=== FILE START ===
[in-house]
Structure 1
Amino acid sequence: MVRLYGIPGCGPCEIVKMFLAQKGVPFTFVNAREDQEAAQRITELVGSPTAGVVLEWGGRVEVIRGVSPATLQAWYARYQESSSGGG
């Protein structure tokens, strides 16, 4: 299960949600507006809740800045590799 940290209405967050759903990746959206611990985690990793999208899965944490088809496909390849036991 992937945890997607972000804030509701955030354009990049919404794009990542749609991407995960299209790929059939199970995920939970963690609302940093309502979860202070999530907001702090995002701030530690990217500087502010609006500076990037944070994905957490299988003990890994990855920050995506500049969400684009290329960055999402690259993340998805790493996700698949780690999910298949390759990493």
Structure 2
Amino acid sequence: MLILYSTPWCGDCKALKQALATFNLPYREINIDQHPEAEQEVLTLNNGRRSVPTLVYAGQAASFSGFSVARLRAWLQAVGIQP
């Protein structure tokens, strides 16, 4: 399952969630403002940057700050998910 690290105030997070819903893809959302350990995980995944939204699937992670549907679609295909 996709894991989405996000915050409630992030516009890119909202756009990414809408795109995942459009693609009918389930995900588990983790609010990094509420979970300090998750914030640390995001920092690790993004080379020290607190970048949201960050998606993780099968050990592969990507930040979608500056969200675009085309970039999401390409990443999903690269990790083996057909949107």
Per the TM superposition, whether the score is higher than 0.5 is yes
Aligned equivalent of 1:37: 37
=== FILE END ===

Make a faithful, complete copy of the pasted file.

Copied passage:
[in-house]
Structure 1
Amino acid sequence: MVRLYGIPGCGPCEIVKMFLAQKGVPFTFVNAREDQEAAQRITELVGSPTAGVVLEWGGRVEVIRGVSPATLQAWYARYQESSSGGG
């Protein structure tokens, strides 16, 4: 299960949600507006809740800045590799 940290209405967050759903990746959206611990985690990793999208899965944490088809496909390849036991 992937945890997607972000804030509701955030354009990049919404794009990542749609991407995960299209790929059939199970995920939970963690609302940093309502979860202070999530907001702090995002701030530690990217500087502010609006500076990037944070994905957490299988003990890994990855920050995506500049969400684009290329960055999402690259993340998805790493996700698949780690999910298949390759990493």
Structure 2
Amino acid sequence: MLILYSTPWCGDCKALKQALATFNLPYREINIDQHPEAEQEVLTLNNGRRSVPTLVYAGQAASFSGFSVARLRAWLQAVGIQP
């Protein structure tokens, strides 16, 4: 399952969630403002940057700050998910 690290105030997070819903893809959302350990995980995944939204699937992670549907679609295909 996709894991989405996000915050409630992030516009890119909202756009990414809408795109995942459009693609009918389930995900588990983790609010990094509420979970300090998750914030640390995001920092690790993004080379020290607190970048949201960050998606993780099968050990592969990507930040979608500056969200675009085309970039999401390409990443999903690269990790083996057909949107």
Per the TM superposition, whether the score is higher than 0.5 is yes
Aligned equivalent of 1:37: 37